LED Blue, Green, Orange, Pink, Purble, Red, White and Yellow

Common resistor values for LEDs

The simplest method to limit the current into an LED is by using a resistor in series. For best results, the current limiting resistor value required for an LED is determined using the Ohm’s law, by using the LED’s Forward Current and Forward Voltage found on the manufacturer’s datasheet.

Sometimes you don’t have an easy way to determine the LED specifications -like when you grab a bag of those nice unlabeled LEDs of unknown manufacturer-, so I decided to bring together a table with the most common voltages, LED specifications and their current limiting resistor’s values:

LED color 3.3V 3.7V 5V 6V 9V 12V
AMBER
2.1V, 20mA
68 Ohm
1/8 W
82 Ohm
1/8 W
150 Ohm
1/8 W
220 Ohm
1/8 W
390 Ohm
1/4 W
560 Ohm
1/4 W
BLUE
3.2V, 20mA
5.6 Ohm
1/8 W
27 Ohm
1/8 W
100 Ohm
1/8 W
150 Ohm
1/8 W
330 Ohm
1/8 W
470 Ohm
1/4 W
GREEN
2.1V, 20mA
68 Ohm
1/8 W
82 Ohm
1/8 W
150 Ohm
1/8 W
220 Ohm
1/8 W
390 Ohm
1/4 W
560 Ohm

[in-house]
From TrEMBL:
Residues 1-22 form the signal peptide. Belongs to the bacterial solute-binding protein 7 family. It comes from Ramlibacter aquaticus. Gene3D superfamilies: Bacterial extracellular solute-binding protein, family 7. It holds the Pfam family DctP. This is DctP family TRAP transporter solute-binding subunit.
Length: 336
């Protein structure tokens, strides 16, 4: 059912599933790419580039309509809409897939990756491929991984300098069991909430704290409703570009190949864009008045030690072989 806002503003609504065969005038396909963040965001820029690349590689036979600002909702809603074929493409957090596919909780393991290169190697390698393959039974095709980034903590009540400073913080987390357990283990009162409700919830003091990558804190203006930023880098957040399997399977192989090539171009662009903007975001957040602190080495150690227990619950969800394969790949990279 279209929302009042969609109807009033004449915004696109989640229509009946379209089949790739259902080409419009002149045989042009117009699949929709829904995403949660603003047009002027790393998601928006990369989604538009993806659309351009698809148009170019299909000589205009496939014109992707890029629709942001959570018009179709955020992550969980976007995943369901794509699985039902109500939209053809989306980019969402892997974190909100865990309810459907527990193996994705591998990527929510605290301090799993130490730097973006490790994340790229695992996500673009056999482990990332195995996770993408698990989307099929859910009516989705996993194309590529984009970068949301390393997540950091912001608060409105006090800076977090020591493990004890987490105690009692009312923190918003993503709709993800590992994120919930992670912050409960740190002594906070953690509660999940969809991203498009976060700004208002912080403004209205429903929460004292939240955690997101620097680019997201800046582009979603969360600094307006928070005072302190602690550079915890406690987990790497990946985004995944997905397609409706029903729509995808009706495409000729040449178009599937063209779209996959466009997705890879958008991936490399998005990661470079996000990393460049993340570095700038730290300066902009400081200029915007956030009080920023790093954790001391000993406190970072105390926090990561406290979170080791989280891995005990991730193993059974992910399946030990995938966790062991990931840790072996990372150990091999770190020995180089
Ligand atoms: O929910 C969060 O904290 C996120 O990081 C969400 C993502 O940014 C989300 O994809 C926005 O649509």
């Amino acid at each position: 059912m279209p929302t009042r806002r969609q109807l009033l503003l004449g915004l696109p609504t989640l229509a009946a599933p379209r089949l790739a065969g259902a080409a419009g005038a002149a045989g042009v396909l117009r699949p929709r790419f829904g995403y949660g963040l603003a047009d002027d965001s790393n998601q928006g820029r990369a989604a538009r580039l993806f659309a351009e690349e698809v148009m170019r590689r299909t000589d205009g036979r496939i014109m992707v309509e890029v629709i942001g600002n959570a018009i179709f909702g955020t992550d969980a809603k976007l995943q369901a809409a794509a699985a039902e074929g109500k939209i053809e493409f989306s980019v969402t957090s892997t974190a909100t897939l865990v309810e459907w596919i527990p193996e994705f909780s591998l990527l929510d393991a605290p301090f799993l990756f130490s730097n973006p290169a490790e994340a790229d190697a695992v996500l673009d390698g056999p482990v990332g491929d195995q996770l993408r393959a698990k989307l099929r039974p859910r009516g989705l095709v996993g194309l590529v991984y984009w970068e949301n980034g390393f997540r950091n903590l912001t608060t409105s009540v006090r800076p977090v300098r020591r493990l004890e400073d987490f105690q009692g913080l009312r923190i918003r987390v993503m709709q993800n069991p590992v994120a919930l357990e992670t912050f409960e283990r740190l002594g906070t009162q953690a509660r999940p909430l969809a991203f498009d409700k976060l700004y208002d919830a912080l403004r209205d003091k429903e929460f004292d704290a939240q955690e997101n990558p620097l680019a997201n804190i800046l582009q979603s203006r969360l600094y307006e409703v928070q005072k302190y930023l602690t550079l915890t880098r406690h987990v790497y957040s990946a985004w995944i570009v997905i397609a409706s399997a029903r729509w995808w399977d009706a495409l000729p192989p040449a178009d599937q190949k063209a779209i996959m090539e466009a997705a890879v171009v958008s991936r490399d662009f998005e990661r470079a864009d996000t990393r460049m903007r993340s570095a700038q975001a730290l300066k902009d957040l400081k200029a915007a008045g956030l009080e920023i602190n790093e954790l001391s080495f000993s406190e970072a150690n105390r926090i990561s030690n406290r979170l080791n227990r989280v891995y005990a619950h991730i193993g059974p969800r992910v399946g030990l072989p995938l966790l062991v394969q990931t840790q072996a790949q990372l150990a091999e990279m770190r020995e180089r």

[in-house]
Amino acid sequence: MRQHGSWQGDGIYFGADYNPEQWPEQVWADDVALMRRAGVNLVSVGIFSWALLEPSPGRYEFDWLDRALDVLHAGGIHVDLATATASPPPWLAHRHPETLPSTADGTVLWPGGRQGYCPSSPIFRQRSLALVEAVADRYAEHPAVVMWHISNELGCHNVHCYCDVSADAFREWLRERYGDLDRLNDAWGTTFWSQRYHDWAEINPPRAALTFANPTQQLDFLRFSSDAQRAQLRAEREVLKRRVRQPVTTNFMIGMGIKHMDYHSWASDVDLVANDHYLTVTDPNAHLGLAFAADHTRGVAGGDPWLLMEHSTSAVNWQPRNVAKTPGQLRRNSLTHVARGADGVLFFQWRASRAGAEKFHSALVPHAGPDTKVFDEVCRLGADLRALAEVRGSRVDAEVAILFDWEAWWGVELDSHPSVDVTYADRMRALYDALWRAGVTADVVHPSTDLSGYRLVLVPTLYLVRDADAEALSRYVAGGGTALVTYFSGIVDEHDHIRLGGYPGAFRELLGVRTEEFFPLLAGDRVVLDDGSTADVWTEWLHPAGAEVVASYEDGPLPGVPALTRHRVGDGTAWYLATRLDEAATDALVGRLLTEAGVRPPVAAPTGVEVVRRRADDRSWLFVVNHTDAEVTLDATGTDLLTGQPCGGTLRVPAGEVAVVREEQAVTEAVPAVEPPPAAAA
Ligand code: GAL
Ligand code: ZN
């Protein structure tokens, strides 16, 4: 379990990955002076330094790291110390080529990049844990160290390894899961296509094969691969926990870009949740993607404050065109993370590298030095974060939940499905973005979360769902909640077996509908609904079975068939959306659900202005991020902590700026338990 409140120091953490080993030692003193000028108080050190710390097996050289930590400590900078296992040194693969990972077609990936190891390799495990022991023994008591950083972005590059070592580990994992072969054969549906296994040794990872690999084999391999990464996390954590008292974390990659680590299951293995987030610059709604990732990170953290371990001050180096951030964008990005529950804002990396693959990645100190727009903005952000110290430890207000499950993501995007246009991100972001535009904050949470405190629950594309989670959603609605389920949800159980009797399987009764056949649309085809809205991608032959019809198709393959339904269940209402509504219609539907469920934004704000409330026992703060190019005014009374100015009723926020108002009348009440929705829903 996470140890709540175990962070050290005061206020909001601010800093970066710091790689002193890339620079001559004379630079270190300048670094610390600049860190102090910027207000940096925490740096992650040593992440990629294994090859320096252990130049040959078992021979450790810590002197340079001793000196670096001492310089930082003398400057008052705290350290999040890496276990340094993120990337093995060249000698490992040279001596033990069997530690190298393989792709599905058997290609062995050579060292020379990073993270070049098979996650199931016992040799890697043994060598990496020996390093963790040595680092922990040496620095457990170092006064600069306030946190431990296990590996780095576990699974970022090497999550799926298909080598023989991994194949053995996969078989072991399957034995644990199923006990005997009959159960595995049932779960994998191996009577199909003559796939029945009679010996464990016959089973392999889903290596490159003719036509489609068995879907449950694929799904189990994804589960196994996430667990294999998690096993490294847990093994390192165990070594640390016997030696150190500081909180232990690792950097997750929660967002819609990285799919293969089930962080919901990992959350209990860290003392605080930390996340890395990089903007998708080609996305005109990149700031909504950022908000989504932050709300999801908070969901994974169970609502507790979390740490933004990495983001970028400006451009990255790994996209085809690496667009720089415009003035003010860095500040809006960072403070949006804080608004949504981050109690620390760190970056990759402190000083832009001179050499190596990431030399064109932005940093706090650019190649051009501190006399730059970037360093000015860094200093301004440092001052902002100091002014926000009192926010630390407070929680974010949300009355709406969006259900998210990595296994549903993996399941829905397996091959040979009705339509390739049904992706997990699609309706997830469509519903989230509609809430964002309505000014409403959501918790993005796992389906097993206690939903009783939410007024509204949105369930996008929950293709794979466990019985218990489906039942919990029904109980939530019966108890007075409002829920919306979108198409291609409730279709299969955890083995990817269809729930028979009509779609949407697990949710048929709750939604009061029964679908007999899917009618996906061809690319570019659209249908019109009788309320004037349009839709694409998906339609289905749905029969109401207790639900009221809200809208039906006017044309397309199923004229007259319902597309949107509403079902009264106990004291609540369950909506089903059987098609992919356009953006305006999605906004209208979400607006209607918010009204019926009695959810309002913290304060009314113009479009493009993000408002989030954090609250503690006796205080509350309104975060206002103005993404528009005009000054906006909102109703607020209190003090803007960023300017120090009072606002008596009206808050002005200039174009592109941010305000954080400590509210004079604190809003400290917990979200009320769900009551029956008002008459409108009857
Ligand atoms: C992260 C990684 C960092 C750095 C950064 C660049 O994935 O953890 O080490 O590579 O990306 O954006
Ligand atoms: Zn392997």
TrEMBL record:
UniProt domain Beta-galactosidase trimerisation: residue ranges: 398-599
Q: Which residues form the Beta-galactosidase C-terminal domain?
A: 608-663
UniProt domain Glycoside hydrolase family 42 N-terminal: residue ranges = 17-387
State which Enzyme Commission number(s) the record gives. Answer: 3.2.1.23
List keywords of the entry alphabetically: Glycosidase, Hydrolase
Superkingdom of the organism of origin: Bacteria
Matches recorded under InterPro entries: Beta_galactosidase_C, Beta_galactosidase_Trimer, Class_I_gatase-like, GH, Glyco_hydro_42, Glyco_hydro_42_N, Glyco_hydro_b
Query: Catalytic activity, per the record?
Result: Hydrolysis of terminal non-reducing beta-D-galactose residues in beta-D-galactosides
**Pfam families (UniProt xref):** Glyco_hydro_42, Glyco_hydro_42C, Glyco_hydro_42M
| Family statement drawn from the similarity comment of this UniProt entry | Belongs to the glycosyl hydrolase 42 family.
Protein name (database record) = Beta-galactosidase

1/4 W
ORANGE
2V, 20mA
68 Ohm
1/8 W
100 Ohm
1/8 W
180 Ohm
1/8 W
220 Ohm
1/8 W
390 Ohm
1/4 W
560 Ohm
1/4 W
PINK
3.2V, 20mA
5.6 Ohm
1/8 W
27 Ohm
1/8 W
100 Ohm
1/8 W
150 Ohm
1/8 W
330 Ohm
1/8 W
470 Ohm
1/4 W
PURPLE
3.2V, 20mA
5.6 Ohm
1/8 W
27 Ohm
1/8 W
100 Ohm
1/8 W
150 Ohm
1/8 W
330 Ohm
1/8 W
470 Ohm
1/4 W
RED
1.8V, 20mA
82 Ohm
1/8 W
100 Ohm
1/8 W
180 Ohm
1/8 W
220 Ohm
1/8 W
390 Ohm
1/4 W
560 Ohm
1/4 W
WHITE
3.2V, 20mA
5.6 Ohm
1/8 W
27 Ohm
1/8 W
100 Ohm
1/8 W
150 Ohm
1/8 W
330 Ohm
1/8 W
470 Ohm
1/4 W
YELLOW
2V, 20mA
68 Ohm
1/8 W
100 Ohm
1/8 W
180 Ohm
1/8 W
220 Ohm
1/8 W
390 Ohm
1/4 W
560 Ohm
1/4 W

Above resistor values are good for using with just one LED and are not recommended for more than one LED in series or parallel. Also, the table above is not suitable for High-Brightness LED which usually draw more current. As I’ve mentioned before, is always better to refer to the manufacturer’s datasheet for better results, so use with caution.

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